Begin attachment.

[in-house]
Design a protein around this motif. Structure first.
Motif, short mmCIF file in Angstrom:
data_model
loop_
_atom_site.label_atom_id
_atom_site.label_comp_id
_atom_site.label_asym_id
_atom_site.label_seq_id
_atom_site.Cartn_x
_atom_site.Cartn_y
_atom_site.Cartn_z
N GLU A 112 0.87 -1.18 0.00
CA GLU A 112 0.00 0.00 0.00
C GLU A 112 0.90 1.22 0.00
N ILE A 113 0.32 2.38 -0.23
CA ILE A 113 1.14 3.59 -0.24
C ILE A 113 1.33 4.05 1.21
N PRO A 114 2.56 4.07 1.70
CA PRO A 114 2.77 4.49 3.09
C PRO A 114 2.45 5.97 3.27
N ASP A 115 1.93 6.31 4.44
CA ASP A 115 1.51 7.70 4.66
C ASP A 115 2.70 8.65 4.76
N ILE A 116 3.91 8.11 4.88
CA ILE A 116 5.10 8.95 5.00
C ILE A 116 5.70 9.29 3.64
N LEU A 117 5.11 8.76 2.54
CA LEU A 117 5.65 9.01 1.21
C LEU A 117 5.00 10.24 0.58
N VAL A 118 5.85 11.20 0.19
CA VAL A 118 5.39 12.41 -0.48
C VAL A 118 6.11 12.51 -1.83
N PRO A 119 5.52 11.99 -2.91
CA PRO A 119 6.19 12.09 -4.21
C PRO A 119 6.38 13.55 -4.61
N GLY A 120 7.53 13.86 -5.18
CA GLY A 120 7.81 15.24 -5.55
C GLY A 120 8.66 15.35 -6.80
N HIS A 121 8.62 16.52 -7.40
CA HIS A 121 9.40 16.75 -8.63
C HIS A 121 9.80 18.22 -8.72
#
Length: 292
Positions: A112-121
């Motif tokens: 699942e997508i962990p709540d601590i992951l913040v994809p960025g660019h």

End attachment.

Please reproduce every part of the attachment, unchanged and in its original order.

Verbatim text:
[in-house]
Design a protein around this motif. Structure first.
Motif, short mmCIF file in Angstrom:
data_model
loop_
_atom_site.label_atom_id
_atom_site.label_comp_id
_atom_site.label_asym_id
_atom_site.label_seq_id
_atom_site.Cartn_x
_atom_site.Cartn_y
_atom_site.Cartn_z
N GLU A 112 0.87 -1.18 0.00
CA GLU A 112 0.00 0.00 0.00
C GLU A 112 0.90 1.22 0.00
N ILE A 113 0.32 2.38 -0.23
CA ILE A 113 1.14 3.59 -0.24
C ILE A 113 1.33 4.05 1.21
N PRO A 114 2.56 4.07 1.70
CA PRO A 114 2.77 4.49 3.09
C PRO A 114 2.45 5.97 3.27
N ASP A 115 1.93 6.31 4.44
CA ASP A 115 1.51 7.70 4.66
C ASP A 115 2.70 8.65 4.76
N ILE A 116 3.91 8.11 4.88
CA ILE A 116 5.10 8.95 5.00
C ILE A 116 5.70 9.29 3.64
N LEU A 117 5.11 8.76 2.54
CA LEU A 117 5.65 9.01 1.21
C LEU A 117 5.00 10.24 0.58
N VAL A 118 5.85 11.20 0.19
CA VAL A 118 5.39 12.41 -0.48
C VAL A 118 6.11 12.51 -1.83
N PRO A 119 5.52 11.99 -2.91
CA PRO A 119 6.19 12.09 -4.21
C PRO A 119 6.38 13.55 -4.61
N GLY A 120 7.53 13.86 -5.18
CA GLY A 120 7.81 15.24 -5.55
C GLY A 120 8.66 15.35 -6.80
N HIS A 121 8.62 16.52 -7.40
CA HIS A 121 9.40 16.75 -8.63
C HIS A 121 9.80 18.22 -8.72
#
Length: 292
Positions: A112-121
């Motif tokens: 699942e997508i962990p709540d601590i992951l913040v994809p960025g660019h």